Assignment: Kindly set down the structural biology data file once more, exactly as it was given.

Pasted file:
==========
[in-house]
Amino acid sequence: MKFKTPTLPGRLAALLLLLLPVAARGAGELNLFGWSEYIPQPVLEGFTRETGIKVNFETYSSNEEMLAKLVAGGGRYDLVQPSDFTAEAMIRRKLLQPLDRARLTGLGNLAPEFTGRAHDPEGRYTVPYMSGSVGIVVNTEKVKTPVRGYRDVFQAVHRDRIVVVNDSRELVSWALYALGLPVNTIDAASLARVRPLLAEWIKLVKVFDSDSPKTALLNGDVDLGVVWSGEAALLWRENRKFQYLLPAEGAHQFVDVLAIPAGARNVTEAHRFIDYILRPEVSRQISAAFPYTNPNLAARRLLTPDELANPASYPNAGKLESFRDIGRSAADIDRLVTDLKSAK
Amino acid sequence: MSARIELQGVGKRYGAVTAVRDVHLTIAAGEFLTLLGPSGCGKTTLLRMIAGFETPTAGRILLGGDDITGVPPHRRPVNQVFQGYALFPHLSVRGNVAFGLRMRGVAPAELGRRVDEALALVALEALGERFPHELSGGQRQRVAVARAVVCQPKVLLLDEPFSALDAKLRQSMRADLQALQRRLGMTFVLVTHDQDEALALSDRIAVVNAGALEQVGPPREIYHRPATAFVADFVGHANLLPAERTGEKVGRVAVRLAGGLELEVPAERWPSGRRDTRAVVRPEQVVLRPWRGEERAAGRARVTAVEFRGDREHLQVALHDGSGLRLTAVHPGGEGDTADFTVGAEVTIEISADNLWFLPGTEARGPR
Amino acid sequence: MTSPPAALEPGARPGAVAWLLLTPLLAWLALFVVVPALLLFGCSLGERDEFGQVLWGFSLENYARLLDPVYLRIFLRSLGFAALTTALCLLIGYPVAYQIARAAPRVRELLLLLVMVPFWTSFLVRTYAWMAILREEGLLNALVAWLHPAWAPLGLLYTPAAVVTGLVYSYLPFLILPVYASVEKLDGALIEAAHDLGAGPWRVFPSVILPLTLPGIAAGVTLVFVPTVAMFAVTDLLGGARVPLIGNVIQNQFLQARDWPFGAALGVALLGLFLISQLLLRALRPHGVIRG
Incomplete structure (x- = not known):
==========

[in-house]
Amino acid sequence: MKFKTPTLPGRLAALLLLLLPVAARGAGELNLFGWSEYIPQPVLEGFTRETGIKVNFETYSSNEEMLAKLVAGGGRYDLVQPSDFTAEAMIRRKLLQPLDRARLTGLGNLAPEFTGRAHDPEGRYTVPYMSGSVGIVVNTEKVKTPVRGYRDVFQAVHRDRIVVVNDSRELVSWALYALGLPVNTIDAASLARVRPLLAEWIKLVKVFDSDSPKTALLNGDVDLGVVWSGEAALLWRENRKFQYLLPAEGAHQFVDVLAIPAGARNVTEAHRFIDYILRPEVSRQISAAFPYTNPNLAARRLLTPDELANPASYPNAGKLESFRDIGRSAADIDRLVTDLKSAK
Amino acid sequence: MSARIELQGVGKRYGAVTAVRDVHLTIAAGEFLTLLGPSGCGKTTLLRMIAGFETPTAGRILLGGDDITGVPPHRRPVNQVFQGYALFPHLSVRGNVAFGLRMRGVAPAELGRRVDEALALVALEALGERFPHELSGGQRQRVAVARAVVCQPKVLLLDEPFSALDAKLRQSMRADLQALQRRLGMTFVLVTHDQDEALALSDRIAVVNAGALEQVGPPREIYHRPATAFVADFVGHANLLPAERTGEKVGRVAVRLAGGLELEVPAERWPSGRRDTRAVVRPEQVVLRPWRGEERAAGRARVTAVEFRGDREHLQVALHDGSGLRLTAVHPGGEGDTADFTVGAEVTIEISADNLWFLPGTEARGPR
Amino acid sequence: MTSPPAALEPGARPGAVAWLLLTPLLAWLALFVVVPALLLFGCSLGERDEFGQVLWGFSLENYARLLDPVYLRIFLRSLGFAALTTALCLLIGYPVAYQIARAAPRVRELLLLLVMVPFWTSFLVRTYAWMAILREEGLLNALVAWLHPAWAPLGLLYTPAAVVTGLVYSYLPFLILPVYASVEKLDGALIEAAHDLGAGPWRVFPSVILPLTLPGIAAGVTLVFVPTVAMFAVTDLLGGARVPLIGNVIQNQFLQARDWPFGAALGVALLGLFLISQLLLRALRPHGVIRG
Incomplete structure (x- = not known):